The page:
Detroit Lions: Quintez Cephus flashes future in first two starts

Quintez Cephus, Detroit Lions (Photo by Dylan Buell/Getty Images)
Quintez Cephus, Detroit Lions (Photo by Dylan Buell/Getty Images) /
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Quintez Cephus, Detroit Lions
Quintez Cephus, Detroit Lions (Photo by Rey Del Rio/Getty Images) /

Did the Detroit Lions find a steal in the fifth-round of 2020’s NFL Draft? Let’s take a look at how Quintez Cephus’ future looks promising.

With the Detroit Lions‘ head coach Matt Patricia’s job security becoming the main topic of discussion this week, let’s take a left turn and look at one player that might have gone unnoticed. Rookie wideout Quintez Cephus turned some heads.

Of course, it wasn’t anything spectacular. However, Cephus proved, at least to me, that he can be a starter in this league sooner rather than later.

Game One: Three catches on 10 targets for 43 yards

Two drops in the first quarter definitely hurts when attempting to build a rapport with your quarterback. At times, Cephus would allow his routes to be disrupted by a cornerback or linebacker when playing physical.

Luckily, quarterback Matthew Stafford isn’t the type of player to punish his receivers for making mistakes. There are three plays from Cephus’ rookie debut that stood out. You can watch along here if you’d like.

1st quarter at 8:28, tie game, 1st and 10 on Bears’ 31-yard line

Detroit is in the I-Formation (fullback offset) against Chicago’s cover-three defense. The call is a play-action pass. Cephus is lined up left and is running a post route. He breaks seven yards in and puts himself right above the Linebackers zone coverage.

Execution is spot on. This play aims to freeze the linebackers with play action to give Cephus and wideout Marvin Jones enough space to work with. What impresses me is the timing, body movement, footwork, and separation during Cephus’ route. It’s something Lions’ receivers have struggled with in the past.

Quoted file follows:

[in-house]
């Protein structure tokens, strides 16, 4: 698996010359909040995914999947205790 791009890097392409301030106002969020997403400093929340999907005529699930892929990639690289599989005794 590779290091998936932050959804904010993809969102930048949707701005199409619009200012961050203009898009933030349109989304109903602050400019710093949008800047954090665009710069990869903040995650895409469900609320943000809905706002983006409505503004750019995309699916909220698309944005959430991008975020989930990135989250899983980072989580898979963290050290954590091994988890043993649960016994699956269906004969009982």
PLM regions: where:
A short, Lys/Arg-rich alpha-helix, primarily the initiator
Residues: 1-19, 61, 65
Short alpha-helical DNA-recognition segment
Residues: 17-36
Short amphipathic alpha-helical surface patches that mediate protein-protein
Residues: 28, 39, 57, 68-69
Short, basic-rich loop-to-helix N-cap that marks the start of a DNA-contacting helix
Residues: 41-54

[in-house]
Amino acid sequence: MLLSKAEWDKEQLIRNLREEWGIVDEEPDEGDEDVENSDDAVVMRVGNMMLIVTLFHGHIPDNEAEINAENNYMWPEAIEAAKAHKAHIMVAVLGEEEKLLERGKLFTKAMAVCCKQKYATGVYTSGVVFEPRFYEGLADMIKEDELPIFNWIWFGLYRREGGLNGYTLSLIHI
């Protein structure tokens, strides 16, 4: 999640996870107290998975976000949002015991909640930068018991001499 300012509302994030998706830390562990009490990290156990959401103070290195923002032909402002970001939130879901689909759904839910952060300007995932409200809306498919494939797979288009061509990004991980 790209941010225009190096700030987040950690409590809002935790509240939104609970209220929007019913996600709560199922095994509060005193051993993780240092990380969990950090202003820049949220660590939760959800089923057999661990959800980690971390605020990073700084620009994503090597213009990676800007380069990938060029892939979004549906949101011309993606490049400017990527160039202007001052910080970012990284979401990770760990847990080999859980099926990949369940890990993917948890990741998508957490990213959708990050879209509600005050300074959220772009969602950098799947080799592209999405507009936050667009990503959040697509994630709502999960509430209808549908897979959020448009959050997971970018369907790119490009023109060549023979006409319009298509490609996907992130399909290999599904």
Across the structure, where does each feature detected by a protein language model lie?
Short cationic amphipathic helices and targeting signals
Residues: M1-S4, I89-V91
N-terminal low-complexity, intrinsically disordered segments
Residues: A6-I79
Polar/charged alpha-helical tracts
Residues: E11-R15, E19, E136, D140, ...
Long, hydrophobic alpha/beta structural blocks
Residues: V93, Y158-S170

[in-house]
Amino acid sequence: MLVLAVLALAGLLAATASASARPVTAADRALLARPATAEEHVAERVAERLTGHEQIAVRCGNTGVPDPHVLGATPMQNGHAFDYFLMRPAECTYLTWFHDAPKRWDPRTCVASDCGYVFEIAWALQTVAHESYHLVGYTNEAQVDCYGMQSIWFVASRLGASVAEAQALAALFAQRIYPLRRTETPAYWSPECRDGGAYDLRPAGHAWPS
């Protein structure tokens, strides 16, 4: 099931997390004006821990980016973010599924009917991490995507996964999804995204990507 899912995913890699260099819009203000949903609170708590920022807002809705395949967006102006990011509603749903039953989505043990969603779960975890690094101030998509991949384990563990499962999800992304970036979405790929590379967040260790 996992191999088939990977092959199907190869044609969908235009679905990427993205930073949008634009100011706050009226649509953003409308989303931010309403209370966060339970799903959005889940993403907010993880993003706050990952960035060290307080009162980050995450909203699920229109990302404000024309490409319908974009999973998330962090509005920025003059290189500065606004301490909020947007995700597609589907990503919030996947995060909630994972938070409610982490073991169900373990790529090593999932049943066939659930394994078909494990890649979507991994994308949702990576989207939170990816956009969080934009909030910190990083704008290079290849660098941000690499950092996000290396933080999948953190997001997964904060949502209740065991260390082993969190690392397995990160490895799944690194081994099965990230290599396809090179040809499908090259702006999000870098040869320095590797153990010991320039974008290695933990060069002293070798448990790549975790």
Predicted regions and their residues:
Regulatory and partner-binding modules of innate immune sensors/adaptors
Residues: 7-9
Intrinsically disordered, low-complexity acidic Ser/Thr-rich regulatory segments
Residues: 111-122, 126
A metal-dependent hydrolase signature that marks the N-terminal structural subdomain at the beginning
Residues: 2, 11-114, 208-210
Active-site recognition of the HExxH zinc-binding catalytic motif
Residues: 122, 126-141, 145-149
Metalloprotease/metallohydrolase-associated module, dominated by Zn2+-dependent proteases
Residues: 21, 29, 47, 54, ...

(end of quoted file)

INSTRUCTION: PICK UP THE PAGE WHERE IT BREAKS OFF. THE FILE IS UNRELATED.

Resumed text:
Result: 20 yard catch

1st quarter at 6:38, tie game, 3rd down and 8 on Bears’ 9 yard line.

Keeping this one simple, Bears are in a standard cover-two defense while Detroit is in the single-back formation. Cephus stands alone on the right side. He’s running a 10-yard in, at the same time tight end Jesse James performs the ugliest curl route I’ve ever seen.

If you watch closely, Cephus puts his outside hip on the cornerback covering him. Putting himself in a position to allow Stafford the opportunity to make a throw where only Cephus can catch it. If Stafford throws a better ball, there’s a good chance they score a touchdown.

Stafford seems to love good positioning out of his wide receivers. It’s one of wideout Kenny Golladay‘s strengths. Cephus does an excellent job of it again at the 34-second mark in the 4th quarter.

Result: Incomplete Pass

4th quarter at 7:30, Lions 23-Bears 13, 1st and 10 on Bears’ 49 yard line

Here is a different look, the Bears are running cover-one defense with man to man coverage. Lions, who come out in single-back formation with trips right, counter this by shifting slot receiver Danny Amendola to a tight end spot. Going from 21 personnel to 12 personnel.

Cephus is facing star cornerback Kyle Fuller. High probability that Stafford saw their corners playing back instead of pressing at the line. It makes me believe it was an audible at the line of scrimmage instead of a designed play.

Again, this was a smart call and good execution on Detroit’s end. Although it’s not exciting to mention it on the surface, Cephus’ route running ability is uncanny for a fifth-round rookie.

His 10-yard comeback against Fuller was perfect. Stafford was pressured and the throw was shifted outside just a bit, but it was still catchable. Concentration is an improving point for Cephus. He also displayed that route-running ability in the 4th quarter at 12:48 on a curl route against the zone defense.

Result: Drop